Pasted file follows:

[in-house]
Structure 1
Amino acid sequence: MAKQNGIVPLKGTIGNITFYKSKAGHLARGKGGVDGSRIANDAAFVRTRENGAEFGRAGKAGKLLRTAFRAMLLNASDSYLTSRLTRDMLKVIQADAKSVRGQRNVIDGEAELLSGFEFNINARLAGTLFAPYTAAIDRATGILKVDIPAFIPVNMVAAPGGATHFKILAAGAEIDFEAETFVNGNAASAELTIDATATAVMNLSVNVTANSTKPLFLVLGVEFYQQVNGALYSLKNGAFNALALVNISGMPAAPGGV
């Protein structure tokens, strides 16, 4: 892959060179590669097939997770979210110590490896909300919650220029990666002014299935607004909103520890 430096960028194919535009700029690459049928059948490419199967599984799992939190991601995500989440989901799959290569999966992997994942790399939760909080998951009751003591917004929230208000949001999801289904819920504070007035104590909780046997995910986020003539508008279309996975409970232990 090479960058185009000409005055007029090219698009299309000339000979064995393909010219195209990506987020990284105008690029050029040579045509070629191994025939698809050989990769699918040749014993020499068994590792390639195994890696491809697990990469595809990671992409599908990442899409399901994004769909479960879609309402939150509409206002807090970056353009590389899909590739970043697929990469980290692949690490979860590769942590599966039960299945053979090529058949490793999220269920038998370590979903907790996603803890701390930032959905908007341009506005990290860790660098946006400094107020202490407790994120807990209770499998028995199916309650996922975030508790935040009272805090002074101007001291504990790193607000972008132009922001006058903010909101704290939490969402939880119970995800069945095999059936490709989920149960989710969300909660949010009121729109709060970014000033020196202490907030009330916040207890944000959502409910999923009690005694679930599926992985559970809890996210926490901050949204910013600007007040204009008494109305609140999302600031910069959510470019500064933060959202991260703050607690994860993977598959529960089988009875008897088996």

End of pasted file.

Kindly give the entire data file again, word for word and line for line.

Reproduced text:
[in-house]
Structure 1
Amino acid sequence: MAKQNGIVPLKGTIGNITFYKSKAGHLARGKGGVDGSRIANDAAFVRTRENGAEFGRAGKAGKLLRTAFRAMLLNASDSYLTSRLTRDMLKVIQADAKSVRGQRNVIDGEAELLSGFEFNINARLAGTLFAPYTAAIDRATGILKVDIPAFIPVNMVAAPGGATHFKILAAGAEIDFEAETFVNGNAASAELTIDATATAVMNLSVNVTANSTKPLFLVLGVEFYQQVNGALYSLKNGAFNALALVNISGMPAAPGGV
């Protein structure tokens, strides 16, 4: 892959060179590669097939997770979210110590490896909300919650220029990666002014299935607004909103520890 430096960028194919535009700029690459049928059948490419199967599984799992939190991601995500989440989901799959290569999966992997994942790399939760909080998951009751003591917004929230208000949001999801289904819920504070007035104590909780046997995910986020003539508008279309996975409970232990 090479960058185009000409005055007029090219698009299309000339000979064995393909010219195209990506987020990284105008690029050029040579045509070629191994025939698809050989990769699918040749014993020499068994590792390639195994890696491809697990990469595809990671992409599908990442899409399901994004769909479960879609309402939150509409206002807090970056353009590389899909590739970043697929990469980290692949690490979860590769942590599966039960299945053979090529058949490793999220269920038998370590979903907790996603803890701390930032959905908007341009506005990290860790660098946006400094107020202490407790994120807990209770499998028995199916309650996922975030508790935040009272805090002074101007001291504990790193607000972008132009922001006058903010909101704290939490969402939880119970995800069945095999059936490709989920149960989710969300909660949010009121729109709060970014000033020196202490907030009330916040207890944000959502409910999923009690005694679930599926992985559970809890996210926490901050949204910013600007007040204009008494109305609140999302600031910069959510470019500064933060959202991260703050607690994860993977598959529960089988009875008897088996």